I believe that the problem it's related with Internet Explorer settings. Take a look in this piece of the Printer Connectivity Technical Overview:
When a user connects to a printer through the Web-based printer management, one of two things can happen: Either Windows creates an IPP printer
connection using an HTTP port, or Windows creates an RPC “true-connect” printer connection.
If the client’s Internet Explorer security settings for the print server are set to medium or higher, Windows creates an IPP printer connection using an HTTP port.
Because this technology requires the installation of a local printer queue (unlike a true Point-and-Print connection, which uses RPC), the client must have either Administrator or Power User status with the added Load and unload driver privilege on the local machine. (On Windows 2000 Server, this connection also
works if the client has only Power User privilege.)
This solution is recommended only for Internet sites–specifically, untrusted sites viewed by a browser in which the security settings must be set to medium or higher. This type of printing works very well to print data in one location on a page at another location that does not share security or network infrastructure. However, HTTP printer connections are more limited than RPC true-connections (described below) in a Windows printing environment, as they do not support enhanced metafile
If the client’s Internet Explorer settings are set to medium-low or lower, when the client chooses the connect option in a Web browser, Windows automatically
creates an RPC true-connect printer connection. True-connect, or UNC, connections have many benefits over true IPP printer connections and should be used for intranet printing (local to the company) where the security setting in Internet Explorer can be set to medium-low safely. True-connect connections are supported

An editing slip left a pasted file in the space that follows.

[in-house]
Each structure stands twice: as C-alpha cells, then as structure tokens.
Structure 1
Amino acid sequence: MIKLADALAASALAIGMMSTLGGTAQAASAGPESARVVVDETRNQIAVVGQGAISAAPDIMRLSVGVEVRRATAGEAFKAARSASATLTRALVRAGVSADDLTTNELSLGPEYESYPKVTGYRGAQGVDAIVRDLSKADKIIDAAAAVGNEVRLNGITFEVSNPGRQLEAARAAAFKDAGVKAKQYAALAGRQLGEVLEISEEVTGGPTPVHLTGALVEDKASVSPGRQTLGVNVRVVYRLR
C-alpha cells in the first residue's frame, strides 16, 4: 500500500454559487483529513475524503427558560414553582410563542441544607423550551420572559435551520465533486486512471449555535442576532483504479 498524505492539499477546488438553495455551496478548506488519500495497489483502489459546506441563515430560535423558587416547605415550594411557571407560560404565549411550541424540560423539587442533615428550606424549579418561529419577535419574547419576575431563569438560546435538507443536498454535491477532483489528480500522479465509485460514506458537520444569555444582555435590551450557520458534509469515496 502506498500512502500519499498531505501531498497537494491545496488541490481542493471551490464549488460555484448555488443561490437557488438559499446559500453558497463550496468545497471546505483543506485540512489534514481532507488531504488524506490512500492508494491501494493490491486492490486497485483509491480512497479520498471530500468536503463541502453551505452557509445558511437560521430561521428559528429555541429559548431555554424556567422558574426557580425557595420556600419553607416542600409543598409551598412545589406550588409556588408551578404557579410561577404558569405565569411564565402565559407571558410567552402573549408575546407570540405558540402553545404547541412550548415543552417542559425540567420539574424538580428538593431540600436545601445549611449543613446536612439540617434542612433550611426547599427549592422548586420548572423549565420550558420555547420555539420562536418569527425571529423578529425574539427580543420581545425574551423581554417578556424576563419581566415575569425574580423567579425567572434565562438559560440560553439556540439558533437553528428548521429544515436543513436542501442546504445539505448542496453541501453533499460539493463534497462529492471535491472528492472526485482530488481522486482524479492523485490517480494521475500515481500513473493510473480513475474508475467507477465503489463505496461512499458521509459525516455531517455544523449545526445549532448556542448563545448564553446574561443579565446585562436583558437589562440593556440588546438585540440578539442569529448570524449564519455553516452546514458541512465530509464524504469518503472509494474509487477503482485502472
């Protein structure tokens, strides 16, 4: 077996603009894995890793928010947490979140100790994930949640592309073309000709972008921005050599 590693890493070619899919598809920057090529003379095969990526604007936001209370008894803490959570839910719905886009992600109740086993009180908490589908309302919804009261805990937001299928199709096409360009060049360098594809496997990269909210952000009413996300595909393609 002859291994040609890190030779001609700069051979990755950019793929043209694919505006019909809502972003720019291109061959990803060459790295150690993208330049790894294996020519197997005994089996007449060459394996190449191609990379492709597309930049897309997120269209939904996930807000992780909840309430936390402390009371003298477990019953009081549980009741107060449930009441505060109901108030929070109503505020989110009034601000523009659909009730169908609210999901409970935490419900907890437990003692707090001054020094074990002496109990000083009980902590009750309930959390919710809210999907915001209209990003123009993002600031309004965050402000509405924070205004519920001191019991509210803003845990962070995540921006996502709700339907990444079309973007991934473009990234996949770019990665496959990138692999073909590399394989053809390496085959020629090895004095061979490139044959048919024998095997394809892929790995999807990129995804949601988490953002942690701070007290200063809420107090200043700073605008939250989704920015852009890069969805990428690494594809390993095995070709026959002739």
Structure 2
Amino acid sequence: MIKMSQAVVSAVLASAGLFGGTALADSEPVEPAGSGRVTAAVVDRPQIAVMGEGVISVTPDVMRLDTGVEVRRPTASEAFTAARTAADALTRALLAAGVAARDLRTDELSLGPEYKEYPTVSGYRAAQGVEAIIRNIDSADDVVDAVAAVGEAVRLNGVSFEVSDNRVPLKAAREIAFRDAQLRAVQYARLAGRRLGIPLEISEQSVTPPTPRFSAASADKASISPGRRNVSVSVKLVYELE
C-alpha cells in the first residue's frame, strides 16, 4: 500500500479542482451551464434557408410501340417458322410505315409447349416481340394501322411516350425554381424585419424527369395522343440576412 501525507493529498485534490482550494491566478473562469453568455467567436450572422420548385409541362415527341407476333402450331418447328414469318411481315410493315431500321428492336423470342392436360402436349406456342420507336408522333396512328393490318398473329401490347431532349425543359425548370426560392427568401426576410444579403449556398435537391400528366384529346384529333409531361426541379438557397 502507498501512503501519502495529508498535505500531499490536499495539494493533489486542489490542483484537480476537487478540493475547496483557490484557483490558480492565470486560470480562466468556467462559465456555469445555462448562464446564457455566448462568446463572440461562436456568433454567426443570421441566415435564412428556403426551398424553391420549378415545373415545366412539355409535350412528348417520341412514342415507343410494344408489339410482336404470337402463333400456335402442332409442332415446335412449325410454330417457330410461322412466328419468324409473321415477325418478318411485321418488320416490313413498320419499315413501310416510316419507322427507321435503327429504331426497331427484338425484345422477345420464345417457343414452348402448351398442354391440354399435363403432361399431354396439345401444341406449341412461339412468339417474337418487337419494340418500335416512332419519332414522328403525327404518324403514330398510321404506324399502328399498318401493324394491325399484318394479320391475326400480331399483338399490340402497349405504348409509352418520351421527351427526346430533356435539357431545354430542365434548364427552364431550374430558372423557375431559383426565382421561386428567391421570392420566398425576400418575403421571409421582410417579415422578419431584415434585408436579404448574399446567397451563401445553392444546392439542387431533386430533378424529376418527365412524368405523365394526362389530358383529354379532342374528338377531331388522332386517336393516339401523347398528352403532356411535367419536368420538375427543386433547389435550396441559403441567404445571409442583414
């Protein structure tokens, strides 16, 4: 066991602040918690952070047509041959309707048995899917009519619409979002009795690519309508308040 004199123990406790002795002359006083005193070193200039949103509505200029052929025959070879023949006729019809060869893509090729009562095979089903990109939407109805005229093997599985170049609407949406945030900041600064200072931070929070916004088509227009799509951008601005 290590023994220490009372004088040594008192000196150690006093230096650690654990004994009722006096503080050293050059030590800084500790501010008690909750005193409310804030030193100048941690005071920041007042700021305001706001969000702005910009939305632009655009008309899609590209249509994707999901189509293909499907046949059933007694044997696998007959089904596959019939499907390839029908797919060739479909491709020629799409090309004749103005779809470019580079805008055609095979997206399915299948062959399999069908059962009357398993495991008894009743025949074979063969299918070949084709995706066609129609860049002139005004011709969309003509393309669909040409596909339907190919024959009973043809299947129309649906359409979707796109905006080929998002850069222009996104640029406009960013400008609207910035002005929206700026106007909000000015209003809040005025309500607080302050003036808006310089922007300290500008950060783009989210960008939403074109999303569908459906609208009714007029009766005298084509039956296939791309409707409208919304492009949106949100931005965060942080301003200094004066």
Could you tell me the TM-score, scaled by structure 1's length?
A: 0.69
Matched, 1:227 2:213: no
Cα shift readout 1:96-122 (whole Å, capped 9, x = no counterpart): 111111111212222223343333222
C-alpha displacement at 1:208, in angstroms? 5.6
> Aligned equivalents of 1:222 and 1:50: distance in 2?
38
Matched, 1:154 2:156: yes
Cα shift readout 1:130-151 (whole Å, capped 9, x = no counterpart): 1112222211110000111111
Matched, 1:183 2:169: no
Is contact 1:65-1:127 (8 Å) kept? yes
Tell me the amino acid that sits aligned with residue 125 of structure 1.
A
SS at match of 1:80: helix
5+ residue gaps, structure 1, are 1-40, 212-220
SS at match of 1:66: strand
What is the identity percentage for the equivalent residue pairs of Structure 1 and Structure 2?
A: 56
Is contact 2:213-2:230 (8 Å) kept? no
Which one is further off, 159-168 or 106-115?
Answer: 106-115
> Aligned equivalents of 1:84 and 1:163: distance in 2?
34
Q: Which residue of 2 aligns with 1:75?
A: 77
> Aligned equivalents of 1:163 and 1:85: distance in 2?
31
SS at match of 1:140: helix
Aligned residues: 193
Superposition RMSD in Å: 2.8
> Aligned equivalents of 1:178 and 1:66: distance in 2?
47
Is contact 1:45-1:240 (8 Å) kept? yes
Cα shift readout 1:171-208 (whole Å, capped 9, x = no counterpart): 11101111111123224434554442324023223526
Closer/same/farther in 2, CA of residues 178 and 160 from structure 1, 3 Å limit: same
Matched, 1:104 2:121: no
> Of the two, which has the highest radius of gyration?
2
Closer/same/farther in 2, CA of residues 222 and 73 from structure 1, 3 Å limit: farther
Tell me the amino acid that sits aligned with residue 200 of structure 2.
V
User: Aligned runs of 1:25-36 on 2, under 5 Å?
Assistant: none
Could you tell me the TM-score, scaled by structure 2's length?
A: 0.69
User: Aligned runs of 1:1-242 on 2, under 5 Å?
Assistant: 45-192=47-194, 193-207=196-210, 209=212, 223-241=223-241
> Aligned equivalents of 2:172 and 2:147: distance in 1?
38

through the Windows remote spooler, which is where the vast majority of Microsoft’s future innovation will be—in the RPC printer connection rather than the IPP printer connection state.
If you install the printer in Windows 7, automatically the setup creates a HTTP Printer Connection Through Web Browser. The objective here it's create a RPC Printer Connection Trough Web Browser for Windows XP and Windows 7 clients.
I will make more research in this area. Any suggestions ?
On the client computer where you are having this problem, take a look at the following registry key:
If you have a property named "PreferredConnection" with a value of 0, then you will get http connections to your IPP print server. Remove that entry, and you will get RPC connections.
You may also want to try adding your server to "Intranet Sites" in Internet Explorer, though I have had limited success with this method.
Working with IPP in Windows 7 and Server 2008 R2 is rubbish. It's broken and MS needs to acknowledge it.
I didn't have the registry value "PreferredConnection" in HKCU\Printers\Settings.
There is a method to force RPC Printer Connection or Point and Print in Windows 7, when made the printer installation using the Internet Printing site ?